Hardcore and punk is the beating heart of Hevy Festival. So it seems fitting that genre-newbies Black Peaks should get the riffs rolling early on day one. “It’s time to wake up,” roars frontman Will Gardner, as the Brighton four-piece tease new material from the main stage. Across the site, Creeper are belting out new single ‘The Honeymoon Suite’ like it’s an old favourite. Even tracks like ‘VCR’ are delivered with a fresh sense of confidence which suggests these South Coast punks know they’re on the cusp of something special. “This festival is full of bands that are so good they make us not want to be in bands anymore,” proclaims Heck’s Matt Reynolds, as the Nottingham four-piece tear at the seams of the second tent. That said, an unreleased track suggests the former Baby Godzilla boys are carving out a new mathcore path for themselves.
Back on the main stage, Touché Amore feel a million miles from that hiatus, with a flawless festival set that flies by in a flash. The Dillinger Escape Plan follow suit, annotating their usual chaos with beaming lights and the kind of riff-to-gut ratio that almost makes fans forget about the unfamiliar barrier gap. But it’s headliners Coheed and Cambria who take ownership of the crowd. Without a peep from frontman Claudio Sanchez, they storm through ‘In Keeping Secrets Of Silent Earth: 3’ in full and shred like they’re powering a time machine back to 2003.
Vales are a sight to behold on day two, with vocalist Chlo Edwards using her power and formidable presence to get the Cornish quartet noticed. Milk Teeth are busy battling technical issues on main stage. But as frontman Josh kicks at his mic stand in frustration (a maneuver that backfires as his leads fly loose), the sheer passion displayed by all four members has the crowd cheering them on. Arcane Roots also suffer a power outage during ‘Million Dollar Question’ before the brilliance of ‘If Nothing Breaks…’ ensures a triumphant finish.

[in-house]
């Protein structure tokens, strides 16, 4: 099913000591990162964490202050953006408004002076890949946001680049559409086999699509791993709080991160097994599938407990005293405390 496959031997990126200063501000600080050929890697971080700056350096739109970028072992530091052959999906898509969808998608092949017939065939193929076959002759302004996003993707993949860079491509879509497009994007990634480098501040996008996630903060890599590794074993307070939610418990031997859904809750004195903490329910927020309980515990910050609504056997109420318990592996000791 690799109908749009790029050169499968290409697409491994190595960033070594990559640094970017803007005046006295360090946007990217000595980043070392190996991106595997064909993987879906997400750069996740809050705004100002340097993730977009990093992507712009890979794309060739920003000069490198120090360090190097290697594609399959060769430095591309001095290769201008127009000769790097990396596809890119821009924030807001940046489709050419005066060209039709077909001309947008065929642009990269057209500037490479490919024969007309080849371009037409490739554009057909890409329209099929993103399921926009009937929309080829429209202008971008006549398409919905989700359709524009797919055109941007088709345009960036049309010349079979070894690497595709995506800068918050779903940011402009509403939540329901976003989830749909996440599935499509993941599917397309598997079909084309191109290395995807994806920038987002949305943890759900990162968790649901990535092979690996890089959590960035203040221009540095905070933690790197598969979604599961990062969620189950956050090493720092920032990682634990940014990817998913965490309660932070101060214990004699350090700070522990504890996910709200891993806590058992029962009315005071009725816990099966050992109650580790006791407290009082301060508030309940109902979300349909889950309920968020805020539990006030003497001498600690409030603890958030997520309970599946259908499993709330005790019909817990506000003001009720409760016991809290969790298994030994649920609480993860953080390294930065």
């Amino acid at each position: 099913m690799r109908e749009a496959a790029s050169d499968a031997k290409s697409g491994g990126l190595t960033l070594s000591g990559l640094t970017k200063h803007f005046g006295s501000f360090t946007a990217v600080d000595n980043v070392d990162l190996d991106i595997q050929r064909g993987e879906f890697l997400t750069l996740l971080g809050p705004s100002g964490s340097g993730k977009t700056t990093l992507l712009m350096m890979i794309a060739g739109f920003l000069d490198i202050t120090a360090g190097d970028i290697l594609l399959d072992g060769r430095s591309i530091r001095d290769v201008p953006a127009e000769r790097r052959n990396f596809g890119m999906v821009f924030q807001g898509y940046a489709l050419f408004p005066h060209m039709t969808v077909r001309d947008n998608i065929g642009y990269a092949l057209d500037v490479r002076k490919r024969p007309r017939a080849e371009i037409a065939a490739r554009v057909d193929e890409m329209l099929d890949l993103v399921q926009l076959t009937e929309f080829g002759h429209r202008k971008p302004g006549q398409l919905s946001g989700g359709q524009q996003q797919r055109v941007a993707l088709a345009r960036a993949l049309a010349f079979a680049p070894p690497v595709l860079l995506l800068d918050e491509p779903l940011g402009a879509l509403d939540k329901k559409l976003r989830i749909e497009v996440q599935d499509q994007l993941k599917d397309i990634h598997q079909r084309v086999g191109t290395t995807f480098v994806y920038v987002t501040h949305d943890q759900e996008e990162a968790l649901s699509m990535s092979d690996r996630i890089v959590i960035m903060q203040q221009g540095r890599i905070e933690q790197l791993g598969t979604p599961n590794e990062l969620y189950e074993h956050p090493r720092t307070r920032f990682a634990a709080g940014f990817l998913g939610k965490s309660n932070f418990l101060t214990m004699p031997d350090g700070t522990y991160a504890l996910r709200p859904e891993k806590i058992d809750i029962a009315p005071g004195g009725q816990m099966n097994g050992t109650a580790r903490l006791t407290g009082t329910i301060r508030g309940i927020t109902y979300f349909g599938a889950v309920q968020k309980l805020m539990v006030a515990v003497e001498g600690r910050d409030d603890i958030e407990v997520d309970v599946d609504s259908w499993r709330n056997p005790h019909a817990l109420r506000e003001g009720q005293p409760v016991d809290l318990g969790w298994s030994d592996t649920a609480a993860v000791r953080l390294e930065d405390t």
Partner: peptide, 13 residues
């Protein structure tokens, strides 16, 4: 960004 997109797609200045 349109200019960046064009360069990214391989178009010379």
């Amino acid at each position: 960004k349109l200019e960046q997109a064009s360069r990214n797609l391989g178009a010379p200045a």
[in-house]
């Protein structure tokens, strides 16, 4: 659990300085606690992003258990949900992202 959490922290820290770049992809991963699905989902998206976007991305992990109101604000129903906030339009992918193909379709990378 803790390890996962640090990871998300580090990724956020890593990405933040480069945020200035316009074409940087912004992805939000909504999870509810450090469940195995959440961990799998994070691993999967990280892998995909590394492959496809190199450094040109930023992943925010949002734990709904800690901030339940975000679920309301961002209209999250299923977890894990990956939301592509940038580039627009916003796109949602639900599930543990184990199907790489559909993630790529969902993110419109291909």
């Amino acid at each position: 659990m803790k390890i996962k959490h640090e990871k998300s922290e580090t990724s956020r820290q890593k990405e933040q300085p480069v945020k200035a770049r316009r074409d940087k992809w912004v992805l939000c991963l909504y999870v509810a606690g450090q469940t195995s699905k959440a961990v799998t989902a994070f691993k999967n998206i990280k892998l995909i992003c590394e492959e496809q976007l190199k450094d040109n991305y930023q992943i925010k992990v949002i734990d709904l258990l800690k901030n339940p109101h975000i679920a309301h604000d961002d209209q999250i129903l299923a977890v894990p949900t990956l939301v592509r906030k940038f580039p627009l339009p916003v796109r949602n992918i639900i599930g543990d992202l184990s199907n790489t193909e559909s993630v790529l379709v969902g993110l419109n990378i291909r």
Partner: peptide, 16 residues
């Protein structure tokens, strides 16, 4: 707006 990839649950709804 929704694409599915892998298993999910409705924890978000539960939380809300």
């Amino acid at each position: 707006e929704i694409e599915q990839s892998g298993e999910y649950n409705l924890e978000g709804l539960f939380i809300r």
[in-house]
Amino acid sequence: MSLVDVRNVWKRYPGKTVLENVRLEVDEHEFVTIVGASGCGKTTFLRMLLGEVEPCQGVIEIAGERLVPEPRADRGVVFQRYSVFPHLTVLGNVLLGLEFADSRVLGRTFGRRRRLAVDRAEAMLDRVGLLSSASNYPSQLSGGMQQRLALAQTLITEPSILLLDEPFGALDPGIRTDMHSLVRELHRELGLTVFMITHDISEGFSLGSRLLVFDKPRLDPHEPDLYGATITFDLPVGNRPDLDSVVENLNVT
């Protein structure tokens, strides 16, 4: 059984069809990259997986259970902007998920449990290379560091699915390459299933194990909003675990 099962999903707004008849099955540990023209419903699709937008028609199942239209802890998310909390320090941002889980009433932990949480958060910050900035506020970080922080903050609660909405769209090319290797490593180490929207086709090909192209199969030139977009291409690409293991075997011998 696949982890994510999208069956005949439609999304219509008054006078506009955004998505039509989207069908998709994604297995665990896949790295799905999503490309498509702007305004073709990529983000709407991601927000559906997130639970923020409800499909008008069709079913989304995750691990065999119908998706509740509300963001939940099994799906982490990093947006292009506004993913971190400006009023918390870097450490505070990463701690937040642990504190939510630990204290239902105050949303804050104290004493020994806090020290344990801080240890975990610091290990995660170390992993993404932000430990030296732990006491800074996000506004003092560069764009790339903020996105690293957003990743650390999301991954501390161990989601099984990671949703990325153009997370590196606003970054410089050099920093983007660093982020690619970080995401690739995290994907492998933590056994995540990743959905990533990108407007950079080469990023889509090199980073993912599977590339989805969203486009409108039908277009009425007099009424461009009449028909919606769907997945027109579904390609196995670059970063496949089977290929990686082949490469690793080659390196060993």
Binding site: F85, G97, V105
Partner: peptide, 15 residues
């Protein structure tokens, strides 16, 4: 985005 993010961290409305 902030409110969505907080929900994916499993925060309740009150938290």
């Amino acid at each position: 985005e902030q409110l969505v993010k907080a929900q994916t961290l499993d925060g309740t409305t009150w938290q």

The Get Up Kids playing 1999’s ‘Something To Write Home About’ should draw more punters than it does, but those that cram up front hang on Matt Pryor’s every word. The delicate notes of album closer, ‘I’ll Catch You’ provide Hevy’s biggest pinch-me moment. While headliners Thrice may’ve benefited from an album set of their own, instead leaving 2002’s ‘Deadbolt‘ and 2003’s ‘Artist In The Ambulance’ to play tug of war for most nostalgic post-hardcore track.
With a line-up loud enough to wake up sleeping lions then, Hevy Festival cements itself as a vital part of the UK’s hardcore and punk calendar once more. We didn’t even need to mention the fucking monkeys.
Photos: Sarah Louise Bennett / Upset
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